During our 1 month of testing, we’ve only used it in Taguig City, Makati City and Pasay City. We have not had a chance to take it outside Metro Manila. In the locations that we’ve tested it, the results varied from 4Mbps all the way to 23Mbps.

We noticed that adjusting the placement of the LTE router within the house (or even the mere repositioning) would also yield different results.

Globe also claims the WiFi signal strength is 50% better than typical mobile WiFi devices and this is generally true since pocket WiFi tends to reduce WiFi strength to conserve battery life. Unfortunately, though, the device does not support the 700MHz (Band 28) LTE frequency.


As for cost implications, the mobile internet that’s offered via Globe Home Prepaid WiFi is more expensive compared to the bandwidth you are paying if you are on DSL or fiber.

I have a vDSL connection at home and while the download speed is fairly good (10Mbps), the upload speed leaves a lot to be desired. In some cases where I needed to upload a huge video on YouTube (for the 7-9 minute full HD video reviews), I resort to a different connection. Normally, my mobile internet is faster and can go between 10 – 15Mbps on a normal day. But that would mean I have to leave my smartphone as a mobile hotspot and home I don’t receive any phone calls during the session (LTE drops when you receive calls).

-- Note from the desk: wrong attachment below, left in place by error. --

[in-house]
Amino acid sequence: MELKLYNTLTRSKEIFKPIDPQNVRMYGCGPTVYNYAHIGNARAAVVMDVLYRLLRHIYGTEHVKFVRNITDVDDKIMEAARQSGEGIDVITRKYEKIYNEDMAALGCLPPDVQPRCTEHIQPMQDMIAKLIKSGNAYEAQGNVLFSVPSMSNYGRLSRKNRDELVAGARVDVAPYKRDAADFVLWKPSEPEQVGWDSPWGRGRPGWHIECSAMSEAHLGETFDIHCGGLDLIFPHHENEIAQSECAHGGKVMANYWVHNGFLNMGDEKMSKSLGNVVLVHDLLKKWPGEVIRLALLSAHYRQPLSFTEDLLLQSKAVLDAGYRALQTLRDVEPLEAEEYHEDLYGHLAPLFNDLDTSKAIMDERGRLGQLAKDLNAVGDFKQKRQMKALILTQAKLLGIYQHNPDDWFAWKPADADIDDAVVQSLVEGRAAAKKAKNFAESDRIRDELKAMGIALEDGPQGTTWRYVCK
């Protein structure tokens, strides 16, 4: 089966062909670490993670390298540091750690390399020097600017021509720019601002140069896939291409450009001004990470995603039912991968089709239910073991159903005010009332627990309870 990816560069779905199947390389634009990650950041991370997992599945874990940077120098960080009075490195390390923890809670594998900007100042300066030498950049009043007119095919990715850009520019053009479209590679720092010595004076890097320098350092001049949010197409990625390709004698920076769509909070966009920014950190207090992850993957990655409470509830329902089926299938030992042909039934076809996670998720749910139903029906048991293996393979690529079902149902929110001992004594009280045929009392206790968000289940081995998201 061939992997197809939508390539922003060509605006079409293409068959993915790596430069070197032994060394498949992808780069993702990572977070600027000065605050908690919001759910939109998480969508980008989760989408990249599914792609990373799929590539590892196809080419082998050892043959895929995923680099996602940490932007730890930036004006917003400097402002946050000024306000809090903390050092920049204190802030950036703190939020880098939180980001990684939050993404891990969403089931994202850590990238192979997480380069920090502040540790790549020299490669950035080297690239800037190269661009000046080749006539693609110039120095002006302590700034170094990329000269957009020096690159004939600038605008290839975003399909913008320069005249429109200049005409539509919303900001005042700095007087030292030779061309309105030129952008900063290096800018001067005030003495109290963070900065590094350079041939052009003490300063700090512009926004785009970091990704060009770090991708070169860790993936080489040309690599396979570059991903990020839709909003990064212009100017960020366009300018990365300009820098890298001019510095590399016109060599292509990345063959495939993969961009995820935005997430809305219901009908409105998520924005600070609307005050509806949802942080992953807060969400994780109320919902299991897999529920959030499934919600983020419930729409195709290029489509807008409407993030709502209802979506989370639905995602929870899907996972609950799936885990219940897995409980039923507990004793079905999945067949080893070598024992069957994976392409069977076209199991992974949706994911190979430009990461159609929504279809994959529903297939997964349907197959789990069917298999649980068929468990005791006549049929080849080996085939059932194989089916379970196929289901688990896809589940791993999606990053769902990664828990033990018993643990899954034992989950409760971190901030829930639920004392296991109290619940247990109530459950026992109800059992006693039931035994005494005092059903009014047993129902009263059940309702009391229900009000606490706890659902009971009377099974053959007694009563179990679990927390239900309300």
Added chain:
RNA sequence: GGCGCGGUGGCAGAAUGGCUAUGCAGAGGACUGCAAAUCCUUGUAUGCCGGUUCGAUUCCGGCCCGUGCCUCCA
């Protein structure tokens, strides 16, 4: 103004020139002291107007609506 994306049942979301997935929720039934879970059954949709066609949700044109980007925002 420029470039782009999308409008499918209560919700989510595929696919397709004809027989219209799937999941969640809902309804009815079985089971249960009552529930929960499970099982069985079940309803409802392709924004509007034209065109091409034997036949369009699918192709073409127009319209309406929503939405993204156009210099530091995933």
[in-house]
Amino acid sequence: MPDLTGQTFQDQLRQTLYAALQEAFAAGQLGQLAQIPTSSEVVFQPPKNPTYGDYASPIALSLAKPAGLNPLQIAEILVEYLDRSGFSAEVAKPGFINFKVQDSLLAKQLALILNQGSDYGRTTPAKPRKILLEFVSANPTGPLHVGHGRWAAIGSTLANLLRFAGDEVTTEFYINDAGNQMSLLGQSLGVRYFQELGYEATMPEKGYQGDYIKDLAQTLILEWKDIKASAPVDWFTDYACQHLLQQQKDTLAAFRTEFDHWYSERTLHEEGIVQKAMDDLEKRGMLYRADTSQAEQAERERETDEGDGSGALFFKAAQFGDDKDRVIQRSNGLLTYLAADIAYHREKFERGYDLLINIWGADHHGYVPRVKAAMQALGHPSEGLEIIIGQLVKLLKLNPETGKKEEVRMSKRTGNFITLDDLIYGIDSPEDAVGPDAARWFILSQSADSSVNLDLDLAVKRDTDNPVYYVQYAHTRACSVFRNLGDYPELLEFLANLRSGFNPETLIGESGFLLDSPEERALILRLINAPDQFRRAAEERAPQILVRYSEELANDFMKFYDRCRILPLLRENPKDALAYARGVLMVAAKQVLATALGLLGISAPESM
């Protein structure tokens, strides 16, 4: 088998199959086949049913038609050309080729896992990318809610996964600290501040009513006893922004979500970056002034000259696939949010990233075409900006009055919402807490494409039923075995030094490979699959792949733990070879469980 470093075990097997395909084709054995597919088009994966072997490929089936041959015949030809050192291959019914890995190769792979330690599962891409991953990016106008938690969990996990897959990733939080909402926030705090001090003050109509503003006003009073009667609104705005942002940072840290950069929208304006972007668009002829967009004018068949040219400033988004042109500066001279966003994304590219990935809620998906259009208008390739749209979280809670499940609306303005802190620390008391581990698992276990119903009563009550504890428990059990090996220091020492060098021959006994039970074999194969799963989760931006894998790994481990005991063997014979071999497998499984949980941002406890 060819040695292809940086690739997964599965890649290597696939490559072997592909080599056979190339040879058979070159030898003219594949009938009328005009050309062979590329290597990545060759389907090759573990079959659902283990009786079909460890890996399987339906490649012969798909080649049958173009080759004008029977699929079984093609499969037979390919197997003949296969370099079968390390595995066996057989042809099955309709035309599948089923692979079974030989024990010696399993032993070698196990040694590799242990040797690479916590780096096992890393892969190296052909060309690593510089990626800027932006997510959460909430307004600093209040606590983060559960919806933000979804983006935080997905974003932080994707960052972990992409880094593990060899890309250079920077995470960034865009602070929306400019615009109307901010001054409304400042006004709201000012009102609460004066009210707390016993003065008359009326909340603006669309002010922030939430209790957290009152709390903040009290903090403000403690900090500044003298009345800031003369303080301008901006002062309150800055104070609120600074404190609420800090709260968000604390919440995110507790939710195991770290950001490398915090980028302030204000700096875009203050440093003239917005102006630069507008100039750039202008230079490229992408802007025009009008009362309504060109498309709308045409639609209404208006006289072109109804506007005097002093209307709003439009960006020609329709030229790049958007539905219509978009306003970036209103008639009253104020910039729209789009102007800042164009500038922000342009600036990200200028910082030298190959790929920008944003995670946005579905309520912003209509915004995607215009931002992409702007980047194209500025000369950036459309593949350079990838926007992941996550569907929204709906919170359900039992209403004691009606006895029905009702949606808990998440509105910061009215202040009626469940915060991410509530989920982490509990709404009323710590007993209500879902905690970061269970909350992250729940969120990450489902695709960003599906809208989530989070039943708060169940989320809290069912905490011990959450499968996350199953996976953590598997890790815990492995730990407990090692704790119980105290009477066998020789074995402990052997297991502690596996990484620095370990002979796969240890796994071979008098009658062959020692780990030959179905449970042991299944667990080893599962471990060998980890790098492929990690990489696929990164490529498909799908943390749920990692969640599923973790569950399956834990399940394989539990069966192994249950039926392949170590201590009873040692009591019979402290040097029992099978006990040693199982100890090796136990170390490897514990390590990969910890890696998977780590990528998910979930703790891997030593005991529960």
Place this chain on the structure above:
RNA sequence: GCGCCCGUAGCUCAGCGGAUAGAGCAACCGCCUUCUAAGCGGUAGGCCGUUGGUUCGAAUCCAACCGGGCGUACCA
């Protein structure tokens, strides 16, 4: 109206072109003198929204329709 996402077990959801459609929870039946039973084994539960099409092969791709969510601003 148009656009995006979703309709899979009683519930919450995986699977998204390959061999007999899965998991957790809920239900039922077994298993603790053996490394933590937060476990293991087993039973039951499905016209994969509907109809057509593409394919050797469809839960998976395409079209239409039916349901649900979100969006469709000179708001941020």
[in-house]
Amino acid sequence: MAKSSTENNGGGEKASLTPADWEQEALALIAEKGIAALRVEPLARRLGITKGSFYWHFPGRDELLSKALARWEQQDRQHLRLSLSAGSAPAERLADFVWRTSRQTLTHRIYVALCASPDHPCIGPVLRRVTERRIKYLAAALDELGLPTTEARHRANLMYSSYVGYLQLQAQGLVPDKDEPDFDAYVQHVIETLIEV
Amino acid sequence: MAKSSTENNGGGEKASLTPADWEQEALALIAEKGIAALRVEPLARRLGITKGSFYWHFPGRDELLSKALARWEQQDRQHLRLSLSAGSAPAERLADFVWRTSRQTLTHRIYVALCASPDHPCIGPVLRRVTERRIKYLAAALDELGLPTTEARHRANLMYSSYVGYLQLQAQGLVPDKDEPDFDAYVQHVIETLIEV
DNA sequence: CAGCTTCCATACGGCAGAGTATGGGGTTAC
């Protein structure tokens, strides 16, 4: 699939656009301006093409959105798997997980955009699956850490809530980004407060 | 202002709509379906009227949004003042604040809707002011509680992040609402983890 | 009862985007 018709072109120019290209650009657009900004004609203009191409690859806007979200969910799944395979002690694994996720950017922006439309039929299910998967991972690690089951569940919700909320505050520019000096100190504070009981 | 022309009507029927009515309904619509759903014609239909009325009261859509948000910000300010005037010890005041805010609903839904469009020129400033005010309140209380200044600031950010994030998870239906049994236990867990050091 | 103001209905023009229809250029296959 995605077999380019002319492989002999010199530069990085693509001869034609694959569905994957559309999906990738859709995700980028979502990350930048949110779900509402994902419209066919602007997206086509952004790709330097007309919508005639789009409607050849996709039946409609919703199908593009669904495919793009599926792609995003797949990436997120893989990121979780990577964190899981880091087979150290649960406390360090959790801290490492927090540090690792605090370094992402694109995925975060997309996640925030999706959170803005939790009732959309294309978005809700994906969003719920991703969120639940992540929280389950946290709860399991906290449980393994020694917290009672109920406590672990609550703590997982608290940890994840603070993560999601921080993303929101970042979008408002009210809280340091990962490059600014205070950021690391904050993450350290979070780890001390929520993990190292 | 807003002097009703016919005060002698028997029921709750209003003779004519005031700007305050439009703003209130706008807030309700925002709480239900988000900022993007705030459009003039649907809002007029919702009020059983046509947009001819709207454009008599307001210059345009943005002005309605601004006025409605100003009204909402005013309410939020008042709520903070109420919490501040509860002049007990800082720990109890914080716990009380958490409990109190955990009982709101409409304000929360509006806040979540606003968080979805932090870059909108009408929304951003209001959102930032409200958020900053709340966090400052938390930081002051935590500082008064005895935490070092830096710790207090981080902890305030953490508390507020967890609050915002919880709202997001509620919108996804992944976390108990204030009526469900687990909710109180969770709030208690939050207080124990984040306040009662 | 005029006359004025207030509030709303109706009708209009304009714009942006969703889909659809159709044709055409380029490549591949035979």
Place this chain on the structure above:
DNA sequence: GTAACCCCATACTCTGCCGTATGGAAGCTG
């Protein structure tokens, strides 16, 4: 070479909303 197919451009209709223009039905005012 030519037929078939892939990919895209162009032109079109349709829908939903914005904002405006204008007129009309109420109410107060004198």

The pricing structure for the Globe Home WiFi is basically the same as mobile prepaid plans. There’s a flat rate of Php5 per 15 minutes if you do not subscribe to any GoSurf or SuperSurf promos. The GoSurf pricing scheme might be good if your activity is time-bound, like downloading a large file, streaming videos or you just want to work for a specific number of hours without worrying about how much data has been consumed. This option is also better if there are several devices or users connecting to the router.

SuperSurf may be a good alternative option if you want to stretch the usage to an entire day to several days (maximum of SuperSurf200) with light usage.


The Globe Prepaid Home WiFi is not meant to be the primary source of internet at home or in the office. What is offers is a cost-effective, portable, and easily configurable ad-hoc internet connection during emergencies (when you main wired internet is down or slow).

What we find it very useful is for fast upload speeds and, though not everyone is in the habit of uploading gigabytes of content online, our line of work here calls for it very often (Dropbox syncing of raw photos and videos, uploading to YouTube of finished 1080p video reviews).

In a way, the device is a reasonable alternative to the pocket WiFi since it’s more robust and affordable. There are other similar LTE WiFi devices out there (made by Huawei and ZTE) but this one is fairly affordable.

What we liked about it:
  • Flexible usage allowance
  • Quick and easy to use
  • Affordable device
  • No lock-in period
What we did not like:
  • No unlimited data option
  • Does not support external antenna